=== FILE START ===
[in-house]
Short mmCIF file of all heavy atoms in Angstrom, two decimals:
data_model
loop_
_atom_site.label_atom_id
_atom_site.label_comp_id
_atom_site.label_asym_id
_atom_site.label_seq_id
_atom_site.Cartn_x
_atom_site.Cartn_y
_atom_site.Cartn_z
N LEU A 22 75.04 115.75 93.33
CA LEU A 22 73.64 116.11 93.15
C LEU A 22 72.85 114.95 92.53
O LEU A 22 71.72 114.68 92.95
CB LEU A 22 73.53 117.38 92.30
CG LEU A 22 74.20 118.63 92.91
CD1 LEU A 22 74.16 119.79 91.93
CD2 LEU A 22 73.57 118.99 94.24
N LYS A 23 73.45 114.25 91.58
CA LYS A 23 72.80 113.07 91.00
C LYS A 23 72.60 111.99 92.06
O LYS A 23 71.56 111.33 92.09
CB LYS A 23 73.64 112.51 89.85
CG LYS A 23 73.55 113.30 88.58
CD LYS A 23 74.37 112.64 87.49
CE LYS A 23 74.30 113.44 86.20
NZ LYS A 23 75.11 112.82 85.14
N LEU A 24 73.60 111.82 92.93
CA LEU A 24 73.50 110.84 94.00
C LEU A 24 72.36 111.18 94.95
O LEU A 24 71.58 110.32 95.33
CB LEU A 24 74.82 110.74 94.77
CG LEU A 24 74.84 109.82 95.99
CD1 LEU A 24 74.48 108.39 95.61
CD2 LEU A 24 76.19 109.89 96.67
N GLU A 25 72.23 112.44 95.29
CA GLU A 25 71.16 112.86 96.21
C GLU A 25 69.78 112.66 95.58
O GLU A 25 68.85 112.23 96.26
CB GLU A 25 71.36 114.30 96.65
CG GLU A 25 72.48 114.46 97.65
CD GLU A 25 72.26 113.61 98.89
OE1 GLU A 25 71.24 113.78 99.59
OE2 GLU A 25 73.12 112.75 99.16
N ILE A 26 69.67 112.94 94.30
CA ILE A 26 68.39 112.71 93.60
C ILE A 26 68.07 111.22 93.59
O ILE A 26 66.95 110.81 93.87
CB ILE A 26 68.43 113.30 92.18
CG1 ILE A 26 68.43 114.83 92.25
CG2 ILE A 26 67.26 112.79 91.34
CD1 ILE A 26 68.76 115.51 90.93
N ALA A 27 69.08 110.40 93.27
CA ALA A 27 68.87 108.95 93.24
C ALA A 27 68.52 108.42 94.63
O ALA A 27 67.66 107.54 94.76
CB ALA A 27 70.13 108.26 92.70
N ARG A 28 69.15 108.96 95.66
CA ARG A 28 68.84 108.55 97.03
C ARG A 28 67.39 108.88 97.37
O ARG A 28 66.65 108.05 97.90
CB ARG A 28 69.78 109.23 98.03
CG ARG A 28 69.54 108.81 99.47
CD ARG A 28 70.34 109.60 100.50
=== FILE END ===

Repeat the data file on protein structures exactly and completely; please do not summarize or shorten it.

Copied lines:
[in-house]
Short mmCIF file of all heavy atoms in Angstrom, two decimals:
data_model
loop_
_atom_site.label_atom_id
_atom_site.label_comp_id
_atom_site.label_asym_id
_atom_site.label_seq_id
_atom_site.Cartn_x
_atom_site.Cartn_y
_atom_site.Cartn_z
N LEU A 22 75.04 115.75 93.33
CA LEU A 22 73.64 116.11 93.15
C LEU A 22 72.85 114.95 92.53
O LEU A 22 71.72 114.68 92.95
CB LEU A 22 73.53 117.38 92.30
CG LEU A 22 74.20 118.63 92.91
CD1 LEU A 22 74.16 119.79 91.93
CD2 LEU A 22 73.57 118.99 94.24
N LYS A 23 73.45 114.25 91.58
CA LYS A 23 72.80 113.07 91.00
C LYS A 23 72.60 111.99 92.06
O LYS A 23 71.56 111.33 92.09
CB LYS A 23 73.64 112.51 89.85
CG LYS A 23 73.55 113.30 88.58
CD LYS A 23 74.37 112.64 87.49
CE LYS A 23 74.30 113.44 86.20
NZ LYS A 23 75.11 112.82 85.14
N LEU A 24 73.60 111.82 92.93
CA LEU A 24 73.50 110.84 94.00
C LEU A 24 72.36 111.18 94.95
O LEU A 24 71.58 110.32 95.33
CB LEU A 24 74.82 110.74 94.77
CG LEU A 24 74.84 109.82 95.99
CD1 LEU A 24 74.48 108.39 95.61
CD2 LEU A 24 76.19 109.89 96.67
N GLU A 25 72.23 112.44 95.29
CA GLU A 25 71.16 112.86 96.21
C GLU A 25 69.78 112.66 95.58
O GLU A 25 68.85 112.23 96.26
CB GLU A 25 71.36 114.30 96.65
CG GLU A 25 72.48 114.46 97.65
CD GLU A 25 72.26 113.61 98.89
OE1 GLU A 25 71.24 113.78 99.59
OE2 GLU A 25 73.12 112.75 99.16
N ILE A 26 69.67 112.94 94.30
CA ILE A 26 68.39 112.71 93.60
C ILE A 26 68.07 111.22 93.59
O ILE A 26 66.95 110.81 93.87
CB ILE A 26 68.43 113.30 92.18
CG1 ILE A 26 68.43 114.83 92.25
CG2 ILE A 26 67.26 112.79 91.34
CD1 ILE A 26 68.76 115.51 90.93
N ALA A 27 69.08 110.40 93.27
CA ALA A 27 68.87 108.95 93.24
C ALA A 27 68.52 108.42 94.63
O ALA A 27 67.66 107.54 94.76
CB ALA A 27 70.13 108.26 92.70
N ARG A 28 69.15 108.96 95.66
CA ARG A 28 68.84 108.55 97.03
C ARG A 28 67.39 108.88 97.37
O ARG A 28 66.65 108.05 97.90
CB ARG A 28 69.78 109.23 98.03
CG ARG A 28 69.54 108.81 99.47
CD ARG A 28 70.34 109.60 100.50